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Toomey's Test

Pat Toomey is gunning for Arlen Specter's Senate seat. The incumbent may have good reason to be nervous.

12:00 AM, Sep 26, 2003 • By RACHEL DICARLO
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IN WHAT IS SHAPING UP to be the only serious GOP primary challenge next fall, conventional wisdom has Republican Pennsylvania senator Arlen Specter beating Republican representative Pat Toomey.

Specter is starting out with all the advantages. As the incumbent, he already has the support of the Republican establishment: the White House, Pennsylvania's junior Senator Rick Santorum, the National Republican Senatorial Committee, and at least four Pennsylvania GOP House members have lined up behind him. He already has a sizable campaign war chest (in the June filing report Specter had about $8.6 million to Toomey's $1.5 million). Moreover, he has high statewide name recognition and a 60 percent approval rating. In a general election he would likely trounce whoever the Democrat is.

But in Pennsylvania's closed primary, Specter could be vulnerable, especially if Toomey, a social and fiscal conservative, can get his message out to conservatives irritated with Specter's left-leaning record. (In 2002 the American Conservative Union gave Specter a 50 percent rating. Toomey received 100 percent.)

"[Toomey] has a real opportunity," says Tom Adkins, who runs the Pennsylvania-based "Arlen Specter's support is statewide, but it's only an inch deep. It can be penetrated."

And Specter has shown surprising weakness in his last two primaries. In 1992, Steve Friend, an obscure, underfunded state representative got 35 percent of the vote. In a three-way primary race in 1998, Specter's two unknown challengers combined for 33 percent of the vote.

A poll conducted by the Toomey campaign shows that Specter may have reason to worry. Among likely Republican primary voters, the poll found that 55 percent had heard of both Specter and Toomey. Among that group, Toomey received 35 percent of the vote and Specter received 34 percent, with 31 percent undecided.

So it's not that surprising that Specter doesn't appear to be completely sure of himself. Although he is pro-choice (but supports a ban on partial-birth abortion) and is a leading sponsor of legislation that would authorize research cloning, he recently tried to meet with the Pennsylvania Pro-Life Federation to ask for its endorsement.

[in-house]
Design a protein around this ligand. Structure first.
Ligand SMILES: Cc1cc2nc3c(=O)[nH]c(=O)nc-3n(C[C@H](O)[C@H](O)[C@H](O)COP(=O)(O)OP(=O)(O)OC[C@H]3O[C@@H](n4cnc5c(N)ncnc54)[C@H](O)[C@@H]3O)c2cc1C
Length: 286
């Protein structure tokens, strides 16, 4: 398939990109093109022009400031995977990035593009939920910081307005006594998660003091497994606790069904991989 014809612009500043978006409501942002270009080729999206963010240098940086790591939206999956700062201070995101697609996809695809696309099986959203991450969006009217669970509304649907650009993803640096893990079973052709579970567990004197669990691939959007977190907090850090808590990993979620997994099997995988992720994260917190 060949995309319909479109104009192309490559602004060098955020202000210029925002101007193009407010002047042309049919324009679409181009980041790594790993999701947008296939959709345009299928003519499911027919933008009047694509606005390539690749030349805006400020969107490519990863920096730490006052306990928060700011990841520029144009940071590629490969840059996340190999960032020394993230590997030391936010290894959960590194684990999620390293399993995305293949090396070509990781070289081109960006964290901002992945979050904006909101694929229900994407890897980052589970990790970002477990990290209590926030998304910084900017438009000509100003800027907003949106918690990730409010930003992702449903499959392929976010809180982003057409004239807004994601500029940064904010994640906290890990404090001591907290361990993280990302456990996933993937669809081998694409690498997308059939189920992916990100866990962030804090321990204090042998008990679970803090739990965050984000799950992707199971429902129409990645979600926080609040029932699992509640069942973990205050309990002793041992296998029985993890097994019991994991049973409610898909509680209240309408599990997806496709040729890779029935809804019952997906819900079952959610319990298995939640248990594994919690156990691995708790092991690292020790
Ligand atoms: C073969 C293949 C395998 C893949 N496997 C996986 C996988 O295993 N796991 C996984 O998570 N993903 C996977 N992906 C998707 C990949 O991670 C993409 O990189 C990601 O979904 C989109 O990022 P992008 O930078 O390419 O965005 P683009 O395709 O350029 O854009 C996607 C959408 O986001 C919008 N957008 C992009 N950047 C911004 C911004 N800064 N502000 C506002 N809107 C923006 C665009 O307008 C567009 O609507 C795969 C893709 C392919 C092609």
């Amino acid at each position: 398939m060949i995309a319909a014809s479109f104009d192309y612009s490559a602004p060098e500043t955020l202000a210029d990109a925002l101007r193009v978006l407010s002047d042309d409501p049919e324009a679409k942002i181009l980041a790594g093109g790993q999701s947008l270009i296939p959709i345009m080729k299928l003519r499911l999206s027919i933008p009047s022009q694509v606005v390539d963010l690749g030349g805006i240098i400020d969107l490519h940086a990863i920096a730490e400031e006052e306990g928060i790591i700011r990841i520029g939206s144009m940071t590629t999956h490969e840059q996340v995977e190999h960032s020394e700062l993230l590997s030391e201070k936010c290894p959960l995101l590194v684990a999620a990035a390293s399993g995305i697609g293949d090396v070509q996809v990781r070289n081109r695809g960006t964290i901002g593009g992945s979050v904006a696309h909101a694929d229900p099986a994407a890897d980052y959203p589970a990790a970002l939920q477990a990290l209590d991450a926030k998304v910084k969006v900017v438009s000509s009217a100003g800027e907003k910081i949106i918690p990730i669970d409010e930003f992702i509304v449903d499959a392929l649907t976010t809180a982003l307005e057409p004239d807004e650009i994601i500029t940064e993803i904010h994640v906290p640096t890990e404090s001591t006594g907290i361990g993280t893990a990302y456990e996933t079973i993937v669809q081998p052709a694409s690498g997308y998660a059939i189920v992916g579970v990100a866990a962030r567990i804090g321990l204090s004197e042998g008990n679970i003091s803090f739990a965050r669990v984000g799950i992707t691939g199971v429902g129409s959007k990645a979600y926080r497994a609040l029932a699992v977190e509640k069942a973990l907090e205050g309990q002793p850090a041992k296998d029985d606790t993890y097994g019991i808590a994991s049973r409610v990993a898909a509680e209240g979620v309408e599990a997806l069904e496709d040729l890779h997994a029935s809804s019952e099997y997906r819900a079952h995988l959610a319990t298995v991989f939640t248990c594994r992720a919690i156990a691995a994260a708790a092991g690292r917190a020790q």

He's also reaching out to the conservative Club for Growth, the anti-tax organization with a history of financially backing primary challengers to liberal Republicans. "He's calling all kinds of Club for Growth board members, a group not impressed with his record, and asking them not to support Toomey," says David Keating, executive director of Club for Growth.

And last week he launched television attack ads: "Republicans across Pennsylvania are learning a simple truth," the ad says. "You can't trust Congressman Pat Toomey. Pat Toomey says he is effective, but only passed two bills in Congress. One increased paperwork. The other renamed a building."

Part of the reason Specter has gone negative more than a year before the primary is that Toomey has also started TV advertising. Specter doesn't want him to get a foothold with voters. (Earlier this week, the Pennsylvania Republican state committee convinced both candidates to pull their ads until November--to avoid taking the focus off of judicial elections.) "Specter realized that Toomey's name recognition is going up and he's trying to take him out," says Terry Madonna, professor and chair of the government department at Millersville University in Pennsylvania. Which leads to the other part of the explanation: He sees Toomey as a real threat.

"Negative advertising this early shows Specter is taking this race very seriously," Keating says. "He's getting nervous."

Rachel DiCarlo is an editorial assistant at The Weekly Standard.

Correction appended, 10/1/03: The article originally stated that Arlen Specter had met with the Pennsylvania Pro-Life Federation. Although he tried to meet with the group, the two parties have not yet done so.